By Rick Hiduk
(Exclusive to EndlessMtnLifestyles.com readers)
“We don’t have a crystal ball. We don’t know when it will end,” Wyoming County commissioner Rick Wilbur said on Tuesday in reference to the long-term closure of businesses deemed non-essential by Gov. Wolf and a general stay-at-home order for the entire state.
The Wyoming County Commissioners held another virtual meeting on April 14, as the courthouse in Tunkhannock is still mostly closed to the public. Among the topics discussed related to the COVID-19 pandemic were the functionality of courthouse and other county offices under stricter safety guidelines and the furloughing of some county employees. All three commissioners were present, as were the solicitor and chief clerk. Other county officials participated remotely.
As of that morning, the PA Department of Health (DOH) map of coronavirus cases indicated that Wyoming County’s number was holding steady at 12. County EMA director Gene Dziak said, however, that one of those people who tested positive was found to actually reside in another county. The county’s number had been revised to 11 by day’s end.
According to Wilbur, the business of courthouse continues and every department is open with managers in place. Most county-level services can be done online or via the mail,he noted, such as purchasing a dog license or paying a fine. One limitation he cited is that the prothonotary cannot currently issue passports because one must be present to do so.
The commissioners approved the purchase of two digital thermometers using a grant from the county’s insurance carrier. The security guards at the entrances will take temperatures of anyone entering the building.
Wilbur repeated warnings from the previous week’s meeting that, overall, the county is suffering financially, in large part because of delayed revenue from property taxes. The payment due date and the penalties for late payments have both been extended by two months, and many county residents are taking advantage of the offer.
In the meantime, the county has continued to pay all employees at a cost of approximately $250,000 per pay period, as well as their health insurance. Payroll comprises 75 percent of the budget, Wilbur explained. The commissioners had previously discussed taking out a short term loan to get them over the hurdle, and Wilbur added, “We do have some Act 13 funds that we can borrow from if we need to.”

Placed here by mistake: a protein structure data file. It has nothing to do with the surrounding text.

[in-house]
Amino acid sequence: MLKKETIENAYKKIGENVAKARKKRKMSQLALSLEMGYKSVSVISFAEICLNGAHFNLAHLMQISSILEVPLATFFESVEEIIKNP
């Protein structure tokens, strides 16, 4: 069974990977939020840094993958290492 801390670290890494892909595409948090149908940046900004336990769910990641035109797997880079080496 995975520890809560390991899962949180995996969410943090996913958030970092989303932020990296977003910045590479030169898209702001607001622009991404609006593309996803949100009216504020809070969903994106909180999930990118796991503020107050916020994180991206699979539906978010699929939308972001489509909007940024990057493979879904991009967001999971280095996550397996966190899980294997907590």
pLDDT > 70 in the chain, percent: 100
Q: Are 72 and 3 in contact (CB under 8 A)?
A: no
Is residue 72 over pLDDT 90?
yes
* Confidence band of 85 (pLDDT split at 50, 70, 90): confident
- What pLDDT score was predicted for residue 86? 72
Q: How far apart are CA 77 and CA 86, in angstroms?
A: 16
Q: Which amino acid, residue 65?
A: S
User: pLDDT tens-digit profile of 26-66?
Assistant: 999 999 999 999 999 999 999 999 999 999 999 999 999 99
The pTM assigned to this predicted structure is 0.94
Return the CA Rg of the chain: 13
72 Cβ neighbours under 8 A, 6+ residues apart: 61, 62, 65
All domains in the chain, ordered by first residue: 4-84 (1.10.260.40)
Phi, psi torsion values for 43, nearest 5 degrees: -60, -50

The commissioners were in agreement that some some employees will have to be laid off, starting April 17 until pandemic has reached its end. The commissioners were planning to meet with department heads on Wednesday to determine who could be let go, while others might get reduced work schedules.
With federal stimulus checks, unemployment compensation, plus the extra $600 per pay period, Wilbur noted, some employees will make more by staying at home. The county will continue to pay health insurance for all full-time employees.
The commissioners are continuing to work with Sen. Lisa Baker and Rep. Karen Boback to force the DOH to release additional information by county as to how many people have been tested, how many negative tests there were, and how many results are pending. “They have it for everyone by county, but they are not giving it to us,” Wilbur stated. “Were there 450 that were negative? People want to know that.”
According to Dziak, state health secretary Rachel Levine has said that EMS can get that information through the CAD system, but the county’s isn’t designed to do that kind of work.
On the topic of help for small businesses that have been affected by the shut-down, commissioner Tom Henry reported that the commissioners have been working with Trehab executive director Dennis Phelps and other agencies on financial assistance in the form of grants. Details about the Small Business Assistance Fund were released later on Tuesday via social media and will appear in local papers in the coming days. (Read about it here: http://www.endlessmtnlifestyles.com/?p=15995 )
Non-COVID Topics Discussed
The commissioners made three proclamations, declaring the county’s observation of “811 Safe Digging Month,” “Child Abuse Prevention Month,” and “National Public Safety Telecommunication Week” from April 12 to 18. On the latter, the board gave virtual “high-fives” to 911 director Jeff Porter, who was participating remotely. “Even prior to the pandemic, you have always been there for the county,” Henry said of Porter and his staff. Porter, in turn, thanked the commissioners for their continued support.
Gene Dziak provided some details about the EMA transitioning from a Swift Reach notification system to a new one called Code Red that is available to the county through its association with the Northeast Task Force, a regional consortium of EMAs.
Messages that can be sent simultaneously to all county employees via the system range from closure of the courthouse due to weather conditions to serious industrial incidents. The previous system was nearly obsolete, Dziak noted. EMA staff is currently testing Code Red and will complete the transition as soon as possible.
The commissioners ratified a resolution that has already funneled more than a $1-million in state grant money through the county for a restoration project at the old train station in Nicholson. Commissioner Henry encouraged residents to check out the progress at the historic building when leisurely travel is revived. “The project is really moving along,” he remarked.
The county only has a 37 percent response rate so far for completing the census. Wilbur urged people who currently have extra time on their hands complete the questionnaire received in the mail or go online to make sure that everyone in their households are counted.
The commissioners will conduct a work session on Thursday, April 16 at 9 am that can be accessed on the Zoom videoconferencing platform or via phone. Interested readers may contact the commissioners office for details.